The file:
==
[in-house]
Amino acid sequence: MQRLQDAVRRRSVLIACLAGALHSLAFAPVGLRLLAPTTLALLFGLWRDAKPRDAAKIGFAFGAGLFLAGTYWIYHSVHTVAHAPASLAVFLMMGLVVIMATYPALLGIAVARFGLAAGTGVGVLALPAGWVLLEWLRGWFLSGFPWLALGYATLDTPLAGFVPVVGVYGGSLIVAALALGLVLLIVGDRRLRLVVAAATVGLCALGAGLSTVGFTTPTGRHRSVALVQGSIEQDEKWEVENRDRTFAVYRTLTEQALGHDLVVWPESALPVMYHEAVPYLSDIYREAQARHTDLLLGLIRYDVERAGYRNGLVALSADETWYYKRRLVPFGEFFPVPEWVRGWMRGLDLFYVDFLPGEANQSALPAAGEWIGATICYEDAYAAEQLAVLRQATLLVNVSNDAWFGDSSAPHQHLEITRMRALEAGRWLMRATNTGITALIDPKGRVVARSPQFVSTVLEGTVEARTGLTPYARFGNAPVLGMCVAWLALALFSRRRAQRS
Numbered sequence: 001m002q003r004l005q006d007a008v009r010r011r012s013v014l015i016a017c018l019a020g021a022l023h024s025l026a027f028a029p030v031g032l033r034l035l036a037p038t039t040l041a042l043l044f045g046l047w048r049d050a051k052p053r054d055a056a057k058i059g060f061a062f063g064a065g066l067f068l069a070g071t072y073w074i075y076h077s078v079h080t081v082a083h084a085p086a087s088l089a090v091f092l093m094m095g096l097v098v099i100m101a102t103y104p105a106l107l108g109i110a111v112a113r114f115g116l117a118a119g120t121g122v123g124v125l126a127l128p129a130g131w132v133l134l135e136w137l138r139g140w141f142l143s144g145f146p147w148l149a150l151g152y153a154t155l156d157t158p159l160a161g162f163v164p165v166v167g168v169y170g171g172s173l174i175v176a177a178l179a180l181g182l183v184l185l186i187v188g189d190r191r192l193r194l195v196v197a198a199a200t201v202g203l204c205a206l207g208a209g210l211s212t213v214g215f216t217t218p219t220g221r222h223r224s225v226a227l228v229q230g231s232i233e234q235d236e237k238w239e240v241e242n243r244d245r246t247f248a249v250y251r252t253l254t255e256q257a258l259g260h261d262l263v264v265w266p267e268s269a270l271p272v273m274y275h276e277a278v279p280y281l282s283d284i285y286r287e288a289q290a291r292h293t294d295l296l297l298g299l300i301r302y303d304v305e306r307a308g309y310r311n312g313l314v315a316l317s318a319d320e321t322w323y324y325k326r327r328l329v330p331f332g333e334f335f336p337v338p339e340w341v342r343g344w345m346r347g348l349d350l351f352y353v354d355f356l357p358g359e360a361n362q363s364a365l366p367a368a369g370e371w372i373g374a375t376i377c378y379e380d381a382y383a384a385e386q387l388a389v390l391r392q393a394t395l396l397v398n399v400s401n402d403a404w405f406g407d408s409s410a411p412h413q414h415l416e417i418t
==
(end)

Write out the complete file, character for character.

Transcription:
[in-house]
Amino acid sequence: MQRLQDAVRRRSVLIACLAGALHSLAFAPVGLRLLAPTTLALLFGLWRDAKPRDAAKIGFAFGAGLFLAGTYWIYHSVHTVAHAPASLAVFLMMGLVVIMATYPALLGIAVARFGLAAGTGVGVLALPAGWVLLEWLRGWFLSGFPWLALGYATLDTPLAGFVPVVGVYGGSLIVAALALGLVLLIVGDRRLRLVVAAATVGLCALGAGLSTVGFTTPTGRHRSVALVQGSIEQDEKWEVENRDRTFAVYRTLTEQALGHDLVVWPESALPVMYHEAVPYLSDIYREAQARHTDLLLGLIRYDVERAGYRNGLVALSADETWYYKRRLVPFGEFFPVPEWVRGWMRGLDLFYVDFLPGEANQSALPAAGEWIGATICYEDAYAAEQLAVLRQATLLVNVSNDAWFGDSSAPHQHLEITRMRALEAGRWLMRATNTGITALIDPKGRVVARSPQFVSTVLEGTVEARTGLTPYARFGNAPVLGMCVAWLALALFSRRRAQRS
Numbered sequence: 001m002q003r004l005q006d007a008v009r010r011r012s013v014l015i016a017c018l019a020g021a022l023h024s025l026a027f028a029p030v031g032l033r034l035l036a037p038t039t040l041a042l043l044f045g046l047w048r049d050a051k052p053r054d055a056a057k058i059g060f061a062f063g064a065g066l067f068l069a070g071t072y073w074i075y076h077s078v079h080t081v082a083h084a085p086a087s088l089a090v091f092l093m094m095g096l097v098v099i100m101a102t103y104p105a106l107l108g109i110a111v112a113r114f115g116l117a118a119g120t121g122v123g124v125l126a127l128p129a130g131w132v133l134l135e136w137l138r139g140w141f142l143s144g145f146p147w148l149a150l151g152y153a154t155l156d157t158p159l160a161g162f163v164p165v166v167g168v169y170g171g172s173l174i175v176a177a178l179a180l181g182l183v184l185l186i187v188g189d190r191r192l193r194l195v196v197a198a199a200t201v202g203l204c205a206l207g208a209g210l211s212t213v214g215f216t217t218p219t220g221r222h223r224s225v226a227l228v229q230g231s232i233e234q235d236e237k238w239e240v241e242n243r244d245r246t247f248a249v250y251r252t253l254t255e256q257a258l259g260h261d262l263v264v265w266p267e268s269a270l271p272v273m274y275h276e277a278v279p280y281l282s283d284i285y286r287e288a289q290a291r292h293t294d295l296l297l298g299l300i301r302y303d304v305e306r307a308g309y310r311n312g313l314v315a316l317s318a319d320e321t322w323y324y325k326r327r328l329v330p331f332g333e334f335f336p337v338p339e340w341v342r343g344w345m346r347g348l349d350l351f352y353v354d355f356l357p358g359e360a361n362q363s364a365l366p367a368a369g370e371w372i373g374a375t376i377c378y379e380d381a382y383a384a385e386q387l388a389v390l391r392q393a394t395l396l397v398n399v400s401n402d403a404w405f406g407d408s409s410a411p412h413q414h415l416e417i418t